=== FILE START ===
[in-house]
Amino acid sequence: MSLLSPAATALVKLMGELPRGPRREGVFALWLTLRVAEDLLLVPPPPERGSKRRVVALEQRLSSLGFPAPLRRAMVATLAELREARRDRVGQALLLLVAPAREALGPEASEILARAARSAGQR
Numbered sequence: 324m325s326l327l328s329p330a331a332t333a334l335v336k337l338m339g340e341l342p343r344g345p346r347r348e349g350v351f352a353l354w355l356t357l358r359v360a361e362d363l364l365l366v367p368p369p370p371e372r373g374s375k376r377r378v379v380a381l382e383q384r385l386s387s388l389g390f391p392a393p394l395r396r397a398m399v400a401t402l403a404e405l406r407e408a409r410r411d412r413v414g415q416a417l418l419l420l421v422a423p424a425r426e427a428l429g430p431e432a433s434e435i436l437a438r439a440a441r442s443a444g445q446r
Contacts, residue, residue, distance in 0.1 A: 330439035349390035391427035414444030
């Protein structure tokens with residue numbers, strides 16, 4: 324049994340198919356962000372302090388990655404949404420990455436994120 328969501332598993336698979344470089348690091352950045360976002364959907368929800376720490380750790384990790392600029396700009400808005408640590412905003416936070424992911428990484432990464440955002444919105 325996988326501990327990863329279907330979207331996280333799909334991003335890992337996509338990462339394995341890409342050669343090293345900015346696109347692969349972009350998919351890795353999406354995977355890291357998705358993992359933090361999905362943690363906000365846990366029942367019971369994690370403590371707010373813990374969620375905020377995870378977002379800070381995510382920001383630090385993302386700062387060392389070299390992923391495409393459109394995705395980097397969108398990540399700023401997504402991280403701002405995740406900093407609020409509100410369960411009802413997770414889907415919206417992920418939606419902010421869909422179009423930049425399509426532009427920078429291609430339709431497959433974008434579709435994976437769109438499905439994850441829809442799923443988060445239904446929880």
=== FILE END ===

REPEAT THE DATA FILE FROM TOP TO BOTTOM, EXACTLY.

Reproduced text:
[in-house]
Amino acid sequence: MSLLSPAATALVKLMGELPRGPRREGVFALWLTLRVAEDLLLVPPPPERGSKRRVVALEQRLSSLGFPAPLRRAMVATLAELREARRDRVGQALLLLVAPAREALGPEASEILARAARSAGQR
Numbered sequence: 324m325s326l327l328s329p330a331a332t333a334l335v336k337l338m339g340e341l342p343r344g345p346r347r348e349g350v351f352a353l354w355l356t357l358r359v360a361e362d363l364l365l366v367p368p369p370p371e372r373g374s375k376r377r378v379v380a381l382e383q384r385l386s387s388l389g390f391p392a393p394l395r396r397a398m399v400a401t402l403a404e405l406r407e408a409r410r411d412r413v414g415q416a417l418l419l420l421v422a423p424a425r426e427a428l429g430p431e432a433s434e435i436l437a438r439a440a441r442s443a444g445q446r
Contacts, residue, residue, distance in 0.1 A: 330439035349390035391427035414444030
């Protein structure tokens with residue numbers, strides 16, 4: 324049994340198919356962000372302090388990655404949404420990455436994120 328969501332598993336698979344470089348690091352950045360976002364959907368929800376720490380750790384990790392600029396700009400808005408640590412905003416936070424992911428990484432990464440955002444919105 325996988326501990327990863329279907330979207331996280333799909334991003335890992337996509338990462339394995341890409342050669343090293345900015346696109347692969349972009350998919351890795353999406354995977355890291357998705358993992359933090361999905362943690363906000365846990366029942367019971369994690370403590371707010373813990374969620375905020377995870378977002379800070381995510382920001383630090385993302386700062387060392389070299390992923391495409393459109394995705395980097397969108398990540399700023401997504402991280403701002405995740406900093407609020409509100410369960411009802413997770414889907415919206417992920418939606419902010421869909422179009423930049425399509426532009427920078429291609430339709431497959433974008434579709435994976437769109438499905439994850441829809442799923443988060445239904446929880």